Is ‘ultra-cheap’ funding on its way out?
A second big four bank has gone and hiked its fixed home loan rates for owner-occupiers. ...
The Reserve Bank of Australia has made its May call on the official cash rate, with the economy said to be a long way from the conditions needed to precede a rate rise despite concerns about rising house prices.
In line with expectations, the RBA has held the cash rate at a record-low 0.1 of a percentage point.
“At its meeting today, the board decided to maintain the current policy settings, including the targets of 10 basis points for the cash rate and the yield on the three-year Australian government bond, as well as the parameters of the term funding facility and the government bond purchase program,” the RBA said.
The decision to leave interest rates on hold came as no surprise to economists, with the RBA openly repeating on several occasions that rates will likely remain as they are until 2024 at the earliest.
CreditorWatch chief economist Harley Dale said that any chatter about an early rise has been silenced, not only by continuing RBA rhetoric but by the benign print for the March 2021 quarter consumer price index (CPI) issued last week.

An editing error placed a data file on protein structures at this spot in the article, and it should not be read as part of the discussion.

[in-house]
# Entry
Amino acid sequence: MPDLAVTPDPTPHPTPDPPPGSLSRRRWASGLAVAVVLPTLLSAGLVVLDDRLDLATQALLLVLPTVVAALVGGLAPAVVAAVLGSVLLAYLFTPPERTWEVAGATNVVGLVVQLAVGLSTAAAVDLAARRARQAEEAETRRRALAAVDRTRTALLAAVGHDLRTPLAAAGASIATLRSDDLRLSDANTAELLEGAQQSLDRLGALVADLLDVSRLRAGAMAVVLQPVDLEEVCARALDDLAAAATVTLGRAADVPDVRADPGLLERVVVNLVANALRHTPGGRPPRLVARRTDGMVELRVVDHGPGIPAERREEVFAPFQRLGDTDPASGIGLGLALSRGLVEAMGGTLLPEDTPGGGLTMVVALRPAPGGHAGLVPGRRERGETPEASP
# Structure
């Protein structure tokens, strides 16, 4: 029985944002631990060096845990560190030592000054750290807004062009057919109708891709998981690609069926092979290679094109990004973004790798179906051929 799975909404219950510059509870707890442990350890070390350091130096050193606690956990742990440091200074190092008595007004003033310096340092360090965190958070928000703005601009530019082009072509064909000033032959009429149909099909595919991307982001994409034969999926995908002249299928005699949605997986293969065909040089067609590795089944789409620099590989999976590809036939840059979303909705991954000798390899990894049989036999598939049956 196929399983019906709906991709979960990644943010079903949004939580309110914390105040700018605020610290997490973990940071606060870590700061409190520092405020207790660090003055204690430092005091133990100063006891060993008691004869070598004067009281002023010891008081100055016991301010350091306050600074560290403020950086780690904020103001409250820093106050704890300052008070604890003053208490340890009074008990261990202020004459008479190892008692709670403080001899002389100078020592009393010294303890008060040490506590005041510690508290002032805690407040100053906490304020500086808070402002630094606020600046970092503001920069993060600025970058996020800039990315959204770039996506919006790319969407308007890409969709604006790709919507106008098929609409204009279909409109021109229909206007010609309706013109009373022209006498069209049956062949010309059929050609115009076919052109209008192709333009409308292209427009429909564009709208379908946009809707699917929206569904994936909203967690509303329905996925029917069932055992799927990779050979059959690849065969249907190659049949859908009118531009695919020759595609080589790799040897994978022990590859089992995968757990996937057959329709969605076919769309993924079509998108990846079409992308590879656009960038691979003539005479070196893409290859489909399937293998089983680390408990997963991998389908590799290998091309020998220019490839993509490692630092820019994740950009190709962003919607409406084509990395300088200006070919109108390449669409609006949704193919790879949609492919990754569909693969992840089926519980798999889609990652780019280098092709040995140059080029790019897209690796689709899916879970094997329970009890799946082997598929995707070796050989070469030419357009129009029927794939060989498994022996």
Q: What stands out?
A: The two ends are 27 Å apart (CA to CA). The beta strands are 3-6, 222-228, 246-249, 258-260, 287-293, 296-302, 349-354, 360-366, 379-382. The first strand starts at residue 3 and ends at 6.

“The RBA mantra is intact – we won’t be seeing a rise in interest rates for a very long time,” Mr Dale said.
“That said, history tells us the first increase in interest rates always occurs at a different point in time than early forecasts, but the need for conjecture is still a couple of years off,” he added.
Similarly, head of investment strategy at AMP Capital, Shane Oliver, believes a rate hike is still a fair way off.
“While the economy is recovering faster than expected, the RBA is still a long way away from seeing its stated requirements for a rate hike – being a tight jobs market, wages growth well above 3 per cent and actual inflation sustainably within the 2-3 per cent target range,” Dr Oliver said.
But despite confidently predicting a long hold, Dr Oliver, like a number of other economists, does believe the RBA will opt to lift rates before its expectation for ‘2024 at the earliest’.
Head of economic and markets research at Bendigo Bank, David , predicted 2022 could be the year the bank finally makes a move.
“The RBA will most likely start to tighten policy by an increase in interest rates in early 2023 or late 2022, the timing dependent on the pace and success of vaccination programs,” Mr Robertson said.
With attention moving away from rates, Mr Dale tipped all eyes will be on the RBA’s bond buying program – the primary ammunition left in the armoury.
A further injection of liquidity is highly likely, in CreditorWatch’s view.
“The RBA appears content, issuing strong ongoing updates on the economy, relative to expectations held in 2020. The bank noted the further decline in the unemployment rate in March 2021 but remains cognisant of the conspicuous lack of healthy inflationary pressure in prices and wages,” he concluded.